The petition was filed in March and heard in October, garnering impressive and global attention from advocates and media around the world. It seemed a rare breakthrough in an endless news cycle that treats maternal deaths as sad, but inevitable.

“Maternal health has been overlooked, as people seem to look at it as the daily status quo. People do not know that they have a right to good health service provision; they think it is a privilege,” said Kwagala.

An objection was raised during the petitions hearing which derailed promising momentum, and which must first be ruled upon before the actual petition hearing can move forward. Since then, five months have elapsed  and the global media has long since packed up.

This petition was unique from other cases like it worldwide, which have sought retribution for the violation of women’s rights. Other cases before it have centered on unusually cruel and exceptional circumstances – for instance a 17-year old Peruvian woman denied the abortion of her anencephalic fetus, being forced to deliver and breastfeed until it died. Rather, this petition focuses on the mundanity of the status quo, seeking to “make it famous” as an acute abuse of human rights. Given the scale of maternal mortality in the country, the outcome of this petition could potentially put the government on the hook for crimes against humanity.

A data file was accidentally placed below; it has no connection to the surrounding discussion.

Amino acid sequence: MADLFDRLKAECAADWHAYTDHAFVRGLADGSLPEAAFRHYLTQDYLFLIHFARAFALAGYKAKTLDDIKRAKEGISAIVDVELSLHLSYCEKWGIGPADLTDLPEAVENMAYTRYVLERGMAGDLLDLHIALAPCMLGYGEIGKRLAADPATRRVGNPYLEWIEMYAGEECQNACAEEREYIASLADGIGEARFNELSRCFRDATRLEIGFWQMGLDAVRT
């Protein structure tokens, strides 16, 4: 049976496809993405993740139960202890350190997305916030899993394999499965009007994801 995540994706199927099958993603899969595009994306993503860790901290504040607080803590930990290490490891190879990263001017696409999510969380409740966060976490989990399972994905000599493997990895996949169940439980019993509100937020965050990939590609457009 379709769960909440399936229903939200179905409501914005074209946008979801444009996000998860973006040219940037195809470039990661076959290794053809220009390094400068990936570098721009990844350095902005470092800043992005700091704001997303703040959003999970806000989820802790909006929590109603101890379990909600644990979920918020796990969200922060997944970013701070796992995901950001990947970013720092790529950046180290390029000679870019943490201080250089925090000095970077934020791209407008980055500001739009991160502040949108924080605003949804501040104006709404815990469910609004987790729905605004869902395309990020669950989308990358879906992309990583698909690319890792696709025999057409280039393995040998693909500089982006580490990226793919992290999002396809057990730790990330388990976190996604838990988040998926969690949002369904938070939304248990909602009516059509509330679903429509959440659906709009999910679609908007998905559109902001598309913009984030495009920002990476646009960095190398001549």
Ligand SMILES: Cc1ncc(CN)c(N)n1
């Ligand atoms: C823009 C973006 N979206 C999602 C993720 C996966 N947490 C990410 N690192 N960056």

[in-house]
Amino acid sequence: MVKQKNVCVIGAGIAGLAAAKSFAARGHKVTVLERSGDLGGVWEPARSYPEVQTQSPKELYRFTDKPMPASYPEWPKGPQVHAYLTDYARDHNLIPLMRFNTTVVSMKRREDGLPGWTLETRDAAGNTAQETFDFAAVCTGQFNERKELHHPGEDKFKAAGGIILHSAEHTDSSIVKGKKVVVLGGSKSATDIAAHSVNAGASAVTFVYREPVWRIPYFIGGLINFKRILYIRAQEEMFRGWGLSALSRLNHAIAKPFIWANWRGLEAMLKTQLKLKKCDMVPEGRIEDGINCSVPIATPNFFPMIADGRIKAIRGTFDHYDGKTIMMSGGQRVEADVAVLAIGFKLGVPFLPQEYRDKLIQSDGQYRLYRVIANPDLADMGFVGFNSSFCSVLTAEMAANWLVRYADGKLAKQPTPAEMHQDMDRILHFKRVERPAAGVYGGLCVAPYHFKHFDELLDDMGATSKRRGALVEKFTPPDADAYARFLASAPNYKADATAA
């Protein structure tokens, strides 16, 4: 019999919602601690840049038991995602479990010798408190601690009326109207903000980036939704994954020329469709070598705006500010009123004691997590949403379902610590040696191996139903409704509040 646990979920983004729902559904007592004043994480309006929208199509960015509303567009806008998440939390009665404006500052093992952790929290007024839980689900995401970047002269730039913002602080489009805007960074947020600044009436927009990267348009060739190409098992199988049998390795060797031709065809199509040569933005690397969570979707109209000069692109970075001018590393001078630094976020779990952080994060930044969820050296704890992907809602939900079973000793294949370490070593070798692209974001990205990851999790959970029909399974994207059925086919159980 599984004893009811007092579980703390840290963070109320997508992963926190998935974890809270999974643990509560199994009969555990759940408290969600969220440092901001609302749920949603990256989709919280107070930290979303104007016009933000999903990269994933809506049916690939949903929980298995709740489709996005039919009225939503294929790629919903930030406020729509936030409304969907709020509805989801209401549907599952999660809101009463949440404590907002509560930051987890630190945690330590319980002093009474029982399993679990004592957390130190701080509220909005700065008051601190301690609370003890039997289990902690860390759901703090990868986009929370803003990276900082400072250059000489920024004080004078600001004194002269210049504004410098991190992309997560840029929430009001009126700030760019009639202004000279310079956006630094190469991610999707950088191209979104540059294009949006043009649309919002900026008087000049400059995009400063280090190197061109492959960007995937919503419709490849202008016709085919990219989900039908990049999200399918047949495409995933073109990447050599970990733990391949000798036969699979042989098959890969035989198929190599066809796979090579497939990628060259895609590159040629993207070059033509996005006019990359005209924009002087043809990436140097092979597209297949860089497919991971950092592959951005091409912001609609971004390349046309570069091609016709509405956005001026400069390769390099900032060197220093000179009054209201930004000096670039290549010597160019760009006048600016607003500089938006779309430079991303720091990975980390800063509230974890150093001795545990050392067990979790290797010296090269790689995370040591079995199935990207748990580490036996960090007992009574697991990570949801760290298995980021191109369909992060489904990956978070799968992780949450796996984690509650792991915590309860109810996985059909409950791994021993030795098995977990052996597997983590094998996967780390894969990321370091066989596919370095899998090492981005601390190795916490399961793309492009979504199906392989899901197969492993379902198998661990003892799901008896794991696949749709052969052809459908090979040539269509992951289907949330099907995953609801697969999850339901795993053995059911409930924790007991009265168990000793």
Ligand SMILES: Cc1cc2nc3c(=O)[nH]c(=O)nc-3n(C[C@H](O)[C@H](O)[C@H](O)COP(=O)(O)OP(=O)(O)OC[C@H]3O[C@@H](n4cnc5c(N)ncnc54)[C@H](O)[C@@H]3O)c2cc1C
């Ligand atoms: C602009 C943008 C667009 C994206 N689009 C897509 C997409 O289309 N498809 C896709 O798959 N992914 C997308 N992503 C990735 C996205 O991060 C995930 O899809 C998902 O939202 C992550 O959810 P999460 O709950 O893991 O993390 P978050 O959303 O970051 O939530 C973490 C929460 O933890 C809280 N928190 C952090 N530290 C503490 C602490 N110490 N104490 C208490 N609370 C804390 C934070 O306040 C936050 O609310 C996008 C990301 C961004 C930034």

“Governments have an obligation to take action to prevent maternal deaths, which represent a gross violation of women’s basic human rights,” said Jill Sheffield, President of Women Deliver. “Where human rights have been violated, individuals and organizations must turn to the courts at the national, regional, and UN levels. Health systems that deliver for girls and women, deliver for everyone.”

Women Deliver and the Ugandan group Partners in Population and Development co-hosted a regional consultation on maternal health in the capital city late last month, drawing African maternal health experts from across the continent. The petition didn’t come up explicitly, but experts spouted the same important, but now redundant, points they have for years: women deserve more, and when they get more, we all win.